I’m in American history nerd heaven right now. For the next week I’m going to be gallivanting around Washington, D.C., visiting over a dozen different government agencies, lobbying firms, and international organizations (and maybe even NPR!) with a group of 11 other MPA students. It’s going to be an awesome week!
I left Utah early this morning. I flew out with Michael, one of my MPA teammates, and his wife drove us up to the airport so we could catch our 10 AM flight. The flight itself was pretty uneventful—with my shiny new iPod Touch I watched Close Encounters of the Third Kind and most of the new Star Trek (nerdy, I know).
We landed in Baltimore and immediately hopped on a special metro bus that took us to the end of the green metro line. Baltimore is surprisingly close to DC—the bus ride was only 30 minutes.
Figuring out how to use the metro system was daunting. Unlike Cairo’s simple two-line system, DC has different zones and different fares between the zones. To simplify things (and make them cheaper), they offer special week-long passes, but for varying hours. Mike and I asked different people at the ticket vending machines which pass we should get, but they were as clueless as we were. We finally just guessed and got the $47 (!!!) 7 day pass (which ended up being the right one, thankfully)
We rode the metro for another half hour and switched to two other lines before making it to our stop—McPherson Square. After exiting the metro station, we looked at Google Maps on my iPod to figure out where we should go. We didn’t come out of the exit I had planned on using when I mapped the walk, so we guessed again and started heading down a random street.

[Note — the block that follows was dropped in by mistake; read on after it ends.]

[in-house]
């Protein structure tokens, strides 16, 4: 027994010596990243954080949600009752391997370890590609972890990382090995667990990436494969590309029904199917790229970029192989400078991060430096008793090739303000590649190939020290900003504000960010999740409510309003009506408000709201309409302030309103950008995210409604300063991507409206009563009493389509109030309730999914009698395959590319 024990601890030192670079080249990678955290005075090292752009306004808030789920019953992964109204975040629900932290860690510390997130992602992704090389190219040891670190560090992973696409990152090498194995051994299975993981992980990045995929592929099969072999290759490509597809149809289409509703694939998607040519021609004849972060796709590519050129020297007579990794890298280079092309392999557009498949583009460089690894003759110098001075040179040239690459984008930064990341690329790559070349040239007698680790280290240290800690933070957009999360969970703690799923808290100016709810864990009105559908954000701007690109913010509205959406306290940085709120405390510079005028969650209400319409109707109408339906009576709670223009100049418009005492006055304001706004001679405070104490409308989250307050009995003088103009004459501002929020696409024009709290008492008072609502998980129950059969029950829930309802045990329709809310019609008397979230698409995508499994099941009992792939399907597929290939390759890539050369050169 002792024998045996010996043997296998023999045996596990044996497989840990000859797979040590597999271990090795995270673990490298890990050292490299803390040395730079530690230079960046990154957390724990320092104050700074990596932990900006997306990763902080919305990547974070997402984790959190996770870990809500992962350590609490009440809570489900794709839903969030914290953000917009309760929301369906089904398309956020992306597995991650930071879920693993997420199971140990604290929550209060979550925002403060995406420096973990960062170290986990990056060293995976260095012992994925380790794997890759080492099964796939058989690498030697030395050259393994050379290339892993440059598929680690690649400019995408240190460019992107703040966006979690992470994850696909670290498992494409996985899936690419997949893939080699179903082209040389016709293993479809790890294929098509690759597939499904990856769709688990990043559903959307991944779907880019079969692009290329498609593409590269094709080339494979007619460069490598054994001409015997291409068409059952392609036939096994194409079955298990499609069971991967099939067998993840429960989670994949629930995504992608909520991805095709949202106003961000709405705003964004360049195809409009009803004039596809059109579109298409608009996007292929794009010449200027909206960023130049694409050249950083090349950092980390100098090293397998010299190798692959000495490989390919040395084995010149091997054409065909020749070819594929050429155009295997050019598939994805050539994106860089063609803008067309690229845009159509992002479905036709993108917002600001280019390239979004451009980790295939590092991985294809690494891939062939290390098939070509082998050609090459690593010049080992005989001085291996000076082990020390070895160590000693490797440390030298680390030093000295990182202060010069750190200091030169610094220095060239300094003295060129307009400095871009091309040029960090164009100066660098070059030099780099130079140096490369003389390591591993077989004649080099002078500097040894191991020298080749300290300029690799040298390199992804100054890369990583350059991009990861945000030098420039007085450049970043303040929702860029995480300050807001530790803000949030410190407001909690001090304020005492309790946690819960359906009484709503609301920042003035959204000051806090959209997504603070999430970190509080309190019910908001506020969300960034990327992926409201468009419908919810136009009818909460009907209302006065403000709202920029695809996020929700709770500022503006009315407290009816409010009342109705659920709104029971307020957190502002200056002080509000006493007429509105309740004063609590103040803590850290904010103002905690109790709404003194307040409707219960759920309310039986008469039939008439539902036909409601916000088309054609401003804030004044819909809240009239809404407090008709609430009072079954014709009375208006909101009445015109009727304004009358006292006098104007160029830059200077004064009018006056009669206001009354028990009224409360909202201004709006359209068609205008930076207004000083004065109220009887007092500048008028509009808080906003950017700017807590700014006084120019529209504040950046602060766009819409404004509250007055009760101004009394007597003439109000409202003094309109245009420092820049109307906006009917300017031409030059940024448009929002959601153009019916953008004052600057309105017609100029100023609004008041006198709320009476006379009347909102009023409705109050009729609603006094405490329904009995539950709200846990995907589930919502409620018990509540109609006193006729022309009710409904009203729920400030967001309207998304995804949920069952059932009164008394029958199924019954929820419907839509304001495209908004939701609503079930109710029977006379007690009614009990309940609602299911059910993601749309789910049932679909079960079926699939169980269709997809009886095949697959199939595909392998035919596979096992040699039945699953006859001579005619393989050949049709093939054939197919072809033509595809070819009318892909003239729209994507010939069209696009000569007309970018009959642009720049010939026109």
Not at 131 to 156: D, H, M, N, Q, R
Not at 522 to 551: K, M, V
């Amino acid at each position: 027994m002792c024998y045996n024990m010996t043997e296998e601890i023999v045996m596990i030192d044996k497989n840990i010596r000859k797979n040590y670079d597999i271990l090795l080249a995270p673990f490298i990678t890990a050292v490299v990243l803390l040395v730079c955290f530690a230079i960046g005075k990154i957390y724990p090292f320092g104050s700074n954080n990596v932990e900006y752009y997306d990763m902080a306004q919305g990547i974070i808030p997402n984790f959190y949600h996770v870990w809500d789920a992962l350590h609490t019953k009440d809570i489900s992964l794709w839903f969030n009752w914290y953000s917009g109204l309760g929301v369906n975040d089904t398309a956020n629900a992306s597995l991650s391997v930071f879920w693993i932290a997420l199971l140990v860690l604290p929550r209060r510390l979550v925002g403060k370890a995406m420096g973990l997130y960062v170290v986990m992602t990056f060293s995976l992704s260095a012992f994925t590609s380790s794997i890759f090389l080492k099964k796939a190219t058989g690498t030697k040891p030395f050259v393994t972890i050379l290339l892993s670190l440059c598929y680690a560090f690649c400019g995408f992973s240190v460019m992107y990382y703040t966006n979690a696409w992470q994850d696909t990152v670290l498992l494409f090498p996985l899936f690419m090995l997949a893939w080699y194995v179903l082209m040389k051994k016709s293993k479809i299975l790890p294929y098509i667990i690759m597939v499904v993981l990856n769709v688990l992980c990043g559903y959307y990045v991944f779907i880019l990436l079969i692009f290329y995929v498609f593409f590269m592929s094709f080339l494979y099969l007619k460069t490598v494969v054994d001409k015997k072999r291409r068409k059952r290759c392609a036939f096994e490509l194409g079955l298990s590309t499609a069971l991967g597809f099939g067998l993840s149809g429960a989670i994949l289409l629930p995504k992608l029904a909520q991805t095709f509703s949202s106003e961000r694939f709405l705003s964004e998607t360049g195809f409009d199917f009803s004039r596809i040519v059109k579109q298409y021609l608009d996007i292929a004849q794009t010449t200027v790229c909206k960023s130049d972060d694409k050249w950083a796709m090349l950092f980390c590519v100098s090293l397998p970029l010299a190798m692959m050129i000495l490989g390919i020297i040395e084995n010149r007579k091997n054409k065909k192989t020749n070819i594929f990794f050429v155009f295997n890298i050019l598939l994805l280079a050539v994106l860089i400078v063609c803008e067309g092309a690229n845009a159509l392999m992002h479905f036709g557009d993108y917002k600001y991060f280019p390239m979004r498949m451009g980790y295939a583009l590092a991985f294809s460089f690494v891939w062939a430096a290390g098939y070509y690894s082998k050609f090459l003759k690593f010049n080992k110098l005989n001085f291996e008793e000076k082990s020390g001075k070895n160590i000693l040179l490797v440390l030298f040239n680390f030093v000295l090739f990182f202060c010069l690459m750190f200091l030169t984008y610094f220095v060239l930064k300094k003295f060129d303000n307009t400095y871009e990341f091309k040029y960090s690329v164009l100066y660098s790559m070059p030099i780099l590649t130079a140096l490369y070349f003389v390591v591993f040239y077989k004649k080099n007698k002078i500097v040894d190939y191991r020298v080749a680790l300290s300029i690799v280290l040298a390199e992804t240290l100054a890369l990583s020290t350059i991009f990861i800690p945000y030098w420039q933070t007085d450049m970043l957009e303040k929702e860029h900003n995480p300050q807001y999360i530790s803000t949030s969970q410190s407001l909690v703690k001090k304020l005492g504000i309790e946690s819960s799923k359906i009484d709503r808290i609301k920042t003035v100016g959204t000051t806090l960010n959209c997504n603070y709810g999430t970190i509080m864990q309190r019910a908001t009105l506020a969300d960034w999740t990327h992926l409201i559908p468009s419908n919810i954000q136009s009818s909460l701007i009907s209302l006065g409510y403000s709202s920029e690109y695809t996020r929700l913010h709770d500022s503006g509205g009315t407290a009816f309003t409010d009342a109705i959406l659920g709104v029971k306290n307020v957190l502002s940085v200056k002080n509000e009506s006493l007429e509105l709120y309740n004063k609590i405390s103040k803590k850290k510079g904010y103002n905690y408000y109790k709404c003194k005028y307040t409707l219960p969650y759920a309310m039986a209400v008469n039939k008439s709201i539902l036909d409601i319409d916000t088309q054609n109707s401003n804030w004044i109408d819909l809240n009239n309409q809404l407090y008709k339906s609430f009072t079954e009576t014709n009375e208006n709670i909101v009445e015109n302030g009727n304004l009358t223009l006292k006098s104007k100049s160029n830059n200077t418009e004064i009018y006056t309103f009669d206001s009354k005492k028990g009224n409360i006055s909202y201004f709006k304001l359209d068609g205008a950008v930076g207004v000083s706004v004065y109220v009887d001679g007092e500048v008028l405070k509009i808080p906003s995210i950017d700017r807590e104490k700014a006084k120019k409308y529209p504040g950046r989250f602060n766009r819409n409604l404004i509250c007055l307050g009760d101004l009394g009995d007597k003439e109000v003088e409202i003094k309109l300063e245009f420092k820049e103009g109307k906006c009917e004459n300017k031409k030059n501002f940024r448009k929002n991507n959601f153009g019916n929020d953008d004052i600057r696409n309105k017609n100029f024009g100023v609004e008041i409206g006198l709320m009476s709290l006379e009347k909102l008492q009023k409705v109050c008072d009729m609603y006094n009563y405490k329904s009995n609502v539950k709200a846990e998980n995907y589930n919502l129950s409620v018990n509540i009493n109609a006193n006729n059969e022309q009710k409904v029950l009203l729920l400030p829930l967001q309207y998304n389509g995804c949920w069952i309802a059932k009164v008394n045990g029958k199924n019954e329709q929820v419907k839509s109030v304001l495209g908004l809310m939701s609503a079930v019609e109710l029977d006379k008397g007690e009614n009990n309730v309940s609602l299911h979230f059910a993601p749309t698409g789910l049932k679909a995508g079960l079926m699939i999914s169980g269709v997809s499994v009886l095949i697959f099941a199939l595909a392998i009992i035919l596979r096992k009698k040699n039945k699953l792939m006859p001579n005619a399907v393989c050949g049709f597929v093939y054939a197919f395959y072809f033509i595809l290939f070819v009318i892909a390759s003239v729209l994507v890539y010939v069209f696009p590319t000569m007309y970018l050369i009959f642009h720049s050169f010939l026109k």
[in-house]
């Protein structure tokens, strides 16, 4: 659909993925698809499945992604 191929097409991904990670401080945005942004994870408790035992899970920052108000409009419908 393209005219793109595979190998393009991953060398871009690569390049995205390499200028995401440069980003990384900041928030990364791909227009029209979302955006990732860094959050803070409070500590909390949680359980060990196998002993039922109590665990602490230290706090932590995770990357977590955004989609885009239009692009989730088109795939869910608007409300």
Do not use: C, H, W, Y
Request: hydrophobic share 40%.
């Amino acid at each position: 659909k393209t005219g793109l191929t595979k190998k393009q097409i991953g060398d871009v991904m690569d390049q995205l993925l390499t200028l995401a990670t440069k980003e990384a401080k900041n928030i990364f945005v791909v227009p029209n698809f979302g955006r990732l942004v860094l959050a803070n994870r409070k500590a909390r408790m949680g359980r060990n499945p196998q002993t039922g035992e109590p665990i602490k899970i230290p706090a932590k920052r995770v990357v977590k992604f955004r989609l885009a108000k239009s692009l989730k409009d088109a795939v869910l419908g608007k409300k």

After a couple minutes of walking the Washington Monument peeked over some office buildings, which was way cool. We turned down the street we thought our hotel was on and walked for another block until we saw this on our left:
That was obviously not our hotel. I actually stared at the White House for a good 30 seconds before it registered that it was actually the White House. Awesome.
Since we were obviously going the wrong way, we retraced our steps and got to the hotel 5 minutes later (yeah, our hotel is like a 5 minute walk from President Obama. So cool!)
We met up with Richard, one of our classmates (and now roommate) and after quickly unpacking, we found a (very expensive) Subway for dinner.
Later, after all the other students arrived, we had a quick planning meeting before separating for the night. Some of us decided to be studious and responsible and go to bed early to get ready for the 4 visits we have tomorrow. I went out with a few other students and visited monuments until midnight. That’s how responsible I am :)
We walked back down to the White House to take more pictures before heading over to the new World War II memorial, one of DC’s newest monuments (dedicated by Bush II in 2004). It’s right between the Washington and Lincoln monuments and is a spectacular work of art.
The memorial consists of two half circles of columns dedicated to each of the states and territories involved in WWII, with each half circle representing the Atlantic and Pacific theaters. There’s a massive fountain in the middle of the columns, and the water is pretty loud—I called Nancy and the girls from the monument and had to wander off to find a quieter place between two of the state columns.
We then walked up the side of the reflecting pool to the Lincoln Memorial. The view from the steps of the memorial was breathtaking, especially at night.
The inside of the memorial was mostly empty. Most of DC is practically empty on Sunday nights. There are no cars on the streets, all the stores are closed, and the city is extraordinarily calm and peaceful.
After checking out the mini museum in the basement of the memorial, we started our long walk back to the hotel, passing tons of agencies, businesses, and awesome looking museums on the way. If I ever get a job with the federal government (like with USAID or the State Department) I would love to spend a couple years in DC just to be able to see all the museums and monuments. This place has so much!